Enhance COIN Operations
SENIOR LEADERS ARE SAYING
"Essentially, we and the insurgents are presenting an argument for the future to the people of Afghanistan: they will decide which argument is the most attractive, most convincing, and has the greatest chance of success."
- Gen. Stanley A. McChrystal, commander, International Security Assistance Force (ISAF), emphasizing that the mission of ISAF is to protect the people of Afghanistan
ISAF Commander's Counterinsurgency Training Guidance, Page 5
WHAT THEY'RE SAYING
"As a whole, it is a positive portrayal. It shows the danger of war, the thankless job EOD guys have and how hard it is to take care of business. But Hollywood isn't necessarily going to get it right. It is more dramatic, more entertaining than what really happens. Observing EOD training is like watching paint dry. Most of the drama for an EOD Soldier is in his head as he thinks through a situation and how to make it safe."
- Lt. Col. Michael "Greg" Hicks, director of the EOD/Munitions Training Department at U.S. Army Ordnance Munitions & Electronic Maintenance School, giving his opinion on the Academy Award winning Hollywood movie, "The Hurt Locker."
'Hurt Locker' hits home for EOD Soldiers
Enhance COIN Operations
What is it?
An application of the commander, International Security Assistance Forces (ISAF), Gen. Stanley McChrystal's, counterinsurgency (COIN) fundamentals was demonstrated recently during the Republic of Georgia Army's 31st Light Infantry Battalion (LIB), battalion-level, mission rehearsal exercise (MRE) at the Joint Multinational Readiness Center (JMRC) in Hohenfels, Germany.
This MRE was the culminating exercise for the United States Marine led 2-year Georgia Deployment Program designed to train Georgian Infantry battalions for deployment in support of ISAF.
The 31st Georgian LIB executed various common mission sets in a simulated Afghanistan environment exercising soldiers' and leaders' application of COIN fundamentals. Collective training events included: area security, live-fire attacks with mortar and sniper integration, command post exercises, and cultural awareness engagements. The Marine Corps Training and Advisory Group (MAGTF), the primary trainers for the 31st Georgian units, collaborated with the 7th Army Joint Multinational Training Command (JMTC) in Germany to design the training event.
What has the Army done?
JMTC is the European-based training support command utilizing live, virtual, constructive, simulation, and gaming technology to provide U.S. and multinational partners' Soldiers and leaders with a realistic training experience. The 31st Georgian MRE is an example of how JMTC leverages training opportunities to joint and multi-national partners.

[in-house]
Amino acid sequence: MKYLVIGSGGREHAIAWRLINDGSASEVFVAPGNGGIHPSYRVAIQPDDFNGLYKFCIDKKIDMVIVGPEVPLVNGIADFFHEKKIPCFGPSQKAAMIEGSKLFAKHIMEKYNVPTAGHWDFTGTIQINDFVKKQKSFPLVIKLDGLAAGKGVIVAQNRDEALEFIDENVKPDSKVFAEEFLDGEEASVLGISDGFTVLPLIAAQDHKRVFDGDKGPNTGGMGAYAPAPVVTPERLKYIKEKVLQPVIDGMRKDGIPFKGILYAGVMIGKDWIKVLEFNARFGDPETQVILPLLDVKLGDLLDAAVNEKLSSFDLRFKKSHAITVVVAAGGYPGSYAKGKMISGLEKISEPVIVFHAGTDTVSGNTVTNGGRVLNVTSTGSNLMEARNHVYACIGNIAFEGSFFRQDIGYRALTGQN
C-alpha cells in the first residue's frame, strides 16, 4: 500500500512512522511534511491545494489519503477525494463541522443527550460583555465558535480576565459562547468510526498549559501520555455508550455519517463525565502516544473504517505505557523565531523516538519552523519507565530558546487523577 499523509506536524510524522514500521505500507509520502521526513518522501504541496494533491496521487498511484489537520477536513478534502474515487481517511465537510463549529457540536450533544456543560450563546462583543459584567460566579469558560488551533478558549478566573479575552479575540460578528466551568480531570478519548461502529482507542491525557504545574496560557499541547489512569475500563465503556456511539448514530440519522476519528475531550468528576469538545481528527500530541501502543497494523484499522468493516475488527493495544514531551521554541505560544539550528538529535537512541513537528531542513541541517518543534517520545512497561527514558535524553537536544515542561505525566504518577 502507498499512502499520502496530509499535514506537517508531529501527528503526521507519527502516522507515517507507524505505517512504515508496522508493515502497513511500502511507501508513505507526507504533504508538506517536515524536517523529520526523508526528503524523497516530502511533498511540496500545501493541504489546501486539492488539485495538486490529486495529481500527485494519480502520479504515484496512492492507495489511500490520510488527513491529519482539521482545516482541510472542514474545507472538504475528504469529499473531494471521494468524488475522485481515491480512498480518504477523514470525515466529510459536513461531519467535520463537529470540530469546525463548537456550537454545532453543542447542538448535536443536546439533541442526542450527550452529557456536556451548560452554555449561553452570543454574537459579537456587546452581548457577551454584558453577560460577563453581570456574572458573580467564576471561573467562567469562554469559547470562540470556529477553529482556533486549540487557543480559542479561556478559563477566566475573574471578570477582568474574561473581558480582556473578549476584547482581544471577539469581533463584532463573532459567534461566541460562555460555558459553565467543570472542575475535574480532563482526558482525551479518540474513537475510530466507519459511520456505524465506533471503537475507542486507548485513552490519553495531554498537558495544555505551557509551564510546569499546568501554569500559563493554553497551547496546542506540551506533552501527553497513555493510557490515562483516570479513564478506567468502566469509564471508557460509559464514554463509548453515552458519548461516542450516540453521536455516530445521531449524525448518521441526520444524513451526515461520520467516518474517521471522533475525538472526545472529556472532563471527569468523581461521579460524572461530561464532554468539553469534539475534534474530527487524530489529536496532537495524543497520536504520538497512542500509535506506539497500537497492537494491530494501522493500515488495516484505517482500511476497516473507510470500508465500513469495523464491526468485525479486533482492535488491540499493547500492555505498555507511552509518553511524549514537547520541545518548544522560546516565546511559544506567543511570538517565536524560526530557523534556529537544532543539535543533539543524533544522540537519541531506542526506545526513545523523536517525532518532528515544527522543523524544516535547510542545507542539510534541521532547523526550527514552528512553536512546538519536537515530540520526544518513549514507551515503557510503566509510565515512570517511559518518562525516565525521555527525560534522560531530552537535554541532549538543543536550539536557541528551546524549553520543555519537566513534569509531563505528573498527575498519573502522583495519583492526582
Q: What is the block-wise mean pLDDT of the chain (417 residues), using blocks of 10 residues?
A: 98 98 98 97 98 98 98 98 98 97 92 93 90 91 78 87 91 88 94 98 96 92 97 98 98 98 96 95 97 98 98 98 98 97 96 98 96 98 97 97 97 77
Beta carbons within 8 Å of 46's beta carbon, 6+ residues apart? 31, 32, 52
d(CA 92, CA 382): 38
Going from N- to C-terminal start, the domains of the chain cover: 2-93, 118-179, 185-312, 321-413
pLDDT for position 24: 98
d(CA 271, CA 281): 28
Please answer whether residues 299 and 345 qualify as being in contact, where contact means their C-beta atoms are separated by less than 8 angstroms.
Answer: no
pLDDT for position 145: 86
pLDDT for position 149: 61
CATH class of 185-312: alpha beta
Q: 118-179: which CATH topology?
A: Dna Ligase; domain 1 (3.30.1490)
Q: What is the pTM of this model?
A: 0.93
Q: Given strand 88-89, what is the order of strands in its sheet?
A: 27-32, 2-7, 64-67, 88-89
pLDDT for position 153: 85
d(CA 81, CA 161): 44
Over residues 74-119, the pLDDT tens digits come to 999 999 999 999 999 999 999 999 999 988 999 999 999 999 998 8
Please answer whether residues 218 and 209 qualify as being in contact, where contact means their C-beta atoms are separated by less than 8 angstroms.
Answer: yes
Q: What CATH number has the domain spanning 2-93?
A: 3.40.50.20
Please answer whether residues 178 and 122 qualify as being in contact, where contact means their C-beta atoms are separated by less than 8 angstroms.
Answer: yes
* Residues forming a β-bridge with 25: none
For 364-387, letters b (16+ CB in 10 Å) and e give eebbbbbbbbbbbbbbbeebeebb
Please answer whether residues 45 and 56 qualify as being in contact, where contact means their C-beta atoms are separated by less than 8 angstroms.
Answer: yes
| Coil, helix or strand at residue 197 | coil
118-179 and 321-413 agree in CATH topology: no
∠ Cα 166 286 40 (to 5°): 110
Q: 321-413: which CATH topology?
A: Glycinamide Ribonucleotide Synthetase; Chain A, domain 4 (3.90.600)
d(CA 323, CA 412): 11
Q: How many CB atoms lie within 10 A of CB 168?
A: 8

What continued efforts does the Army have planned for the future?
Ongoing support to Afghanistan and Iraq has illustrated the importance of Allied and partner assistance in decreasing U.S. operational requirements. JMTC has the resident expertise and training capability to provide the training and training support for Soldier and leader development and improve interoperability between U.S. and partner nations. This support builds the vital trust to successfully accomplish current objectives in Afghanistan and collectively prepare for future complex, and uncertain challenges.
Why is this important to the Army?
As forces continue to serve as part of multinational operations, it is important for U.S. Soldiers to maximize opportunities to train with multinational partners. Because of proximity to other European nations and Africa, the JMTC is ideally postured to provide state-of-the-art training and build partner capacity for future ISAF support.
See the Monthly Newsletter: COIN Common Sense
Joint Multinational Training Command (JMTC)
Training capabilities offered at the Joint Multinational Readiness Center
ABOUT THE ARMY
- Army makes moves toward new carbine (Army Times)
- Military's only accredited high school graduates first class (The U.S. Army)
- Ranks of amputees have risen steadily in 8 years of war (Washington Post)
- In financial peril, troops find relief (Philadelphia Inquirer)
- Kosher, halal MREs feed religious diversity (Army Times)
- Steady danger — steady paycheck (South Coast Today)
- From prison stripes to sergeant's stripes (San Antonio Express News)
- Likely successor emerges to lead U.S. Forces in Iraq (New York Times)
- U.S. forces on Taliban's heels (USA Today)
- Afghan bombs grow, forcing troops to adapt (Wall Street Journal)
- In Pakistan's Swat, Taliban instill fear after defeat (Reuters)
- Army chief driving Pakistan’s agenda for talks (New York Times)
- Iraqi-owned bank opens on U.S. base (The U.S. Army)
- Turkey joins Multi-National Battle Group-East (The U.S. Army)
- House votes to exempt TRICARE from health reform bill (Government Executive)
- National Guard must maintain readiness, McKinley tells panel (The U.S. Army)
- Combat vet says gender bias led to untreated PTSD (NPR)
- Iowa latest state to approve unemployment benefits for military spouses who move (Stars and Stripes)
- Military daughters draw on each other for support (NPR)
- Opinion: Proud to help -- and to fly our flag (Washington Times)
- Taliban fighters being taught at secret camps in Iran (London Times)
- Afghan insurgents Hezb-e-Islami hold talks in Kabul (BBC)
- Decision looms for U.S. on Middle East arms supply (Financial Times)
- Bagram air base in Afghanistan 'could be new Guantanamo' (London Daily Telegraph)
- Election body rejects Iraq recount (Al Jazeera)
- Pak to raise India’s presence in Afghanistan: report (Hindustan Times)
- U.S. says it is open to nuke deal with Pakistan (Times of India)
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